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dc.contributor.authorRodgers, K.B.
dc.contributor.authorFletcher, S.E.M.
dc.contributor.authorBianchi, D.
dc.contributor.authorBeaulieu, C.
dc.contributor.authorGalbraith, E.D.
dc.contributor.authorGnanadesikan, A.
dc.contributor.authorHogg, Alan G.
dc.contributor.authorIudicone, D.
dc.contributor.authorLitner, B.
dc.contributor.authorNaegler, T.
dc.contributor.authorReimer, Paula J.
dc.contributor.authorSarmiento, J.L.
dc.contributor.authorSlater, R.D.
dc.date.accessioned2011-03-04T02:17:46Z
dc.date.available2011-03-04T02:17:46Z
dc.date.issued2011
dc.identifier.citationRodgers, K.B., Fletcher, S.E.M., Bianchi, D., Beaulieu, C., Galbraith, E.D., …, Slater, R.D. (2011). Interhemispheric gradient of atmospheric radiocarbon reveals natural variability of Southern Ocean winds. Climate of the Past: An Interactive Open Access Journal of the European Geosciences Union, 7(1), 347-379.en_NZ
dc.identifier.urihttps://hdl.handle.net/10289/5134
dc.description.abstractTree ring Δ¹⁴C data (Reimer et al., 2004; McCormac et al., 2004) indicate that atmospheric Δ¹⁴C varied on multi-decadal to centennial timescales, in both hemispheres, over the pre-industrial period AD 950–1830. Although the Northern and Southern Hemispheric Δ¹⁴C records display similar variability, it is difficult from these data alone to distinguish between variations driven by ¹⁴CO₂ production in the upper atmosphere (Stuiver, 1980) and exchanges between carbon reservoirs (Siegenthaler, 1980). Here we consider rather the Interhemispheric Gradient in atmospheric Δ¹⁴C as revealing of the background pre-bomb air-sea Disequilbrium Flux between 14CO₂ and CO₂. As the global maximum of the Disequilibrium Flux is squarely centered in the open ocean regions of the Southern Ocean, relatively modest perturbations to the winds over this region drive significant perturbations to the Interhemispheric Gradient. The analysis presented here implies that changes to Southern Ocean windspeeds are likely a main driver of the observed variability in the Interhemispheric Gradient over 950–1830, and further, that this variability may be larger than the Southern Ocean wind trends that have been reported for recent decades (notably 1980–2004). This interpretation also implies a significant weakening of the winds over the Southern Ocean within a few decades of AD 1375, associated with the transition between the Medieval Climate Anomaly and the Little Ice Age. The driving forces that could have produced such a shift in the winds remain unkown.en_NZ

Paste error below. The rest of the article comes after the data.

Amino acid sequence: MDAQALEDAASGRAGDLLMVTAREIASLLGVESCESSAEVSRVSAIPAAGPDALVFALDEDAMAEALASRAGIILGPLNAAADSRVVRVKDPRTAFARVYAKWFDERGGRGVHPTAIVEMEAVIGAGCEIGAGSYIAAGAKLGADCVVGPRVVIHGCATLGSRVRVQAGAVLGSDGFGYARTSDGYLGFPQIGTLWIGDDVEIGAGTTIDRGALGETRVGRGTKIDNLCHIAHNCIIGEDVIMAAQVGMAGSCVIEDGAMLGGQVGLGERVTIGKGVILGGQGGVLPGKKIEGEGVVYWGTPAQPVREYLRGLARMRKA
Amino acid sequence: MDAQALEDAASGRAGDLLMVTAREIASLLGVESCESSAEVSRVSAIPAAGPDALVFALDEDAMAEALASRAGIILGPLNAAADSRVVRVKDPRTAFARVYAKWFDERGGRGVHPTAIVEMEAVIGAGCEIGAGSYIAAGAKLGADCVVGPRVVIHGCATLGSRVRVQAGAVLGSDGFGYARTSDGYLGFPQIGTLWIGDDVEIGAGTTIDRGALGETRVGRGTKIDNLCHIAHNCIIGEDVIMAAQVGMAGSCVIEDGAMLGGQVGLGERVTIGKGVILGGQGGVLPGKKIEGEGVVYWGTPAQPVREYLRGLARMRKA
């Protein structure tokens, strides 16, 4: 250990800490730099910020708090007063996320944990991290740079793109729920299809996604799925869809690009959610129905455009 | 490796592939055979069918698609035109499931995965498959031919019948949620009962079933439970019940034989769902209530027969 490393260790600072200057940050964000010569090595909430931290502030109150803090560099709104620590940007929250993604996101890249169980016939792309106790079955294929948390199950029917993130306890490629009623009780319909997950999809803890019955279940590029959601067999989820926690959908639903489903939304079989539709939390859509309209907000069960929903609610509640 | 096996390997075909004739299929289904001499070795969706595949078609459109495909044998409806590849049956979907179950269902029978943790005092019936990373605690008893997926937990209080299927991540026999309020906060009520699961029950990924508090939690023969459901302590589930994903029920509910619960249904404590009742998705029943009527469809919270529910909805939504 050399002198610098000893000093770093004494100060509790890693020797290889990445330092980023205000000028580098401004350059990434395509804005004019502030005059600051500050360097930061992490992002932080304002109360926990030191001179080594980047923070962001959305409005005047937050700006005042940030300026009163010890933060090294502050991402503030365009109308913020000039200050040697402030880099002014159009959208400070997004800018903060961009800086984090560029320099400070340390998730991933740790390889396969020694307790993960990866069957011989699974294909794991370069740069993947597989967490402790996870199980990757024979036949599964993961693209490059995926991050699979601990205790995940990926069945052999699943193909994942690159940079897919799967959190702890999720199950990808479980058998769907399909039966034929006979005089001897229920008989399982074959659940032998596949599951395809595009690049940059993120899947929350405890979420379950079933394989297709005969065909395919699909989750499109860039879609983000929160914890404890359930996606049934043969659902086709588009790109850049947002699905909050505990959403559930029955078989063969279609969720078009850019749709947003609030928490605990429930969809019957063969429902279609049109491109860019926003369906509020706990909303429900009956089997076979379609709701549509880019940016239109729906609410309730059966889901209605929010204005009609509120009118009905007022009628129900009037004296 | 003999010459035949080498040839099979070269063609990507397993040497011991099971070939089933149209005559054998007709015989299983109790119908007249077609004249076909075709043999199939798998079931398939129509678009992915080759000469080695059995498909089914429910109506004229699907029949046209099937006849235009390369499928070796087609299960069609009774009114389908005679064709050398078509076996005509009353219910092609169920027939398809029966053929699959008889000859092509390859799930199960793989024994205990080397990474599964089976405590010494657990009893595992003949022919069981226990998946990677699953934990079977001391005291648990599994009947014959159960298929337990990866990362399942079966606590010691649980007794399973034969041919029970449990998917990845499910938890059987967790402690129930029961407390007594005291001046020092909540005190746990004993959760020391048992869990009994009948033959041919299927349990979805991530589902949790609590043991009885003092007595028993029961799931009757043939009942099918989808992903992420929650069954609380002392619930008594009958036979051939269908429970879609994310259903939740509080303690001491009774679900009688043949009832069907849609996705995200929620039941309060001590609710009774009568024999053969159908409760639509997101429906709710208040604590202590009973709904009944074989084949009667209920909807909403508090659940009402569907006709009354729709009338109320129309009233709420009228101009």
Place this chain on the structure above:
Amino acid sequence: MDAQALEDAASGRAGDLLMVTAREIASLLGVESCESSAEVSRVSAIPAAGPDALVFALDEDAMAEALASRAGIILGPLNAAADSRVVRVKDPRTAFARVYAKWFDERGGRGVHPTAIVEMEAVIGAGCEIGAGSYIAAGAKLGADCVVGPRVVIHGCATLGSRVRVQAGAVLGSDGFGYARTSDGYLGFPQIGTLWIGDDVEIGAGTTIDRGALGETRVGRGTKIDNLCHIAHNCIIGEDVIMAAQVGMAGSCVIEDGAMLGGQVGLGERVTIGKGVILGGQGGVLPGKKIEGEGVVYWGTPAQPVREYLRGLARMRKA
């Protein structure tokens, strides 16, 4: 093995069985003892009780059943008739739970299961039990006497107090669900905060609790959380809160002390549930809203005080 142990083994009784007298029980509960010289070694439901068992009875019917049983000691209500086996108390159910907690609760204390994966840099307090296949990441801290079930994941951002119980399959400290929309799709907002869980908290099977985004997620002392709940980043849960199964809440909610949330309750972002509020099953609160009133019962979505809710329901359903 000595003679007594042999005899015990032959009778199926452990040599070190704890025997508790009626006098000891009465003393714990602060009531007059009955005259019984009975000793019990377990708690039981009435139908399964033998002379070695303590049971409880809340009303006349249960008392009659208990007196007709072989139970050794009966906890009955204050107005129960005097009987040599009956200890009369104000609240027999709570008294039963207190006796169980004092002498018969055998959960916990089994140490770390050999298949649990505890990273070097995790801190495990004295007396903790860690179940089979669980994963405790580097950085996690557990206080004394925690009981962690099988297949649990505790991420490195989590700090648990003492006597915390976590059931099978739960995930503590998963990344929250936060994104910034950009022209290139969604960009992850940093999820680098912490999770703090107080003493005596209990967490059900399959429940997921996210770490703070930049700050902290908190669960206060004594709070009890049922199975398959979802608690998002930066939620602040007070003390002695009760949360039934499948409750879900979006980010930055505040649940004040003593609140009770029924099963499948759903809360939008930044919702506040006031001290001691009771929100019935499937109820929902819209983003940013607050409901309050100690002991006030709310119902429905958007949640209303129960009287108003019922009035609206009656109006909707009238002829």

dc.format.mimetypeapplication/pdf
dc.language.isoen
dc.publisherCopernicus Publicationsen_NZ
dc.relation.urihttp://www.clim-past-discuss.net/7/347/2011/cpd-7-347-2011.htmlen_NZ
dc.rightsThis article has been published in the journal: Climate of the Past: An Interactive Open Access Journal of the European Geosciences Union. © 2011 copyright with Authors.en_NZ
dc.subjectΔ¹⁴Cen_NZ
dc.titleInterhemispheric gradient of atmospheric radiocarbon reveals natural variability of Southern Ocean windsen_NZ
dc.typeJournal Articleen_NZ
dc.identifier.doi10.5194/cpd-7-347-2011en_NZ
dc.relation.isPartOfClimate of the Pasten_NZ
pubs.begin-page347en_NZ
pubs.elements-id35768
pubs.end-page379en_NZ
pubs.volume7en_NZ


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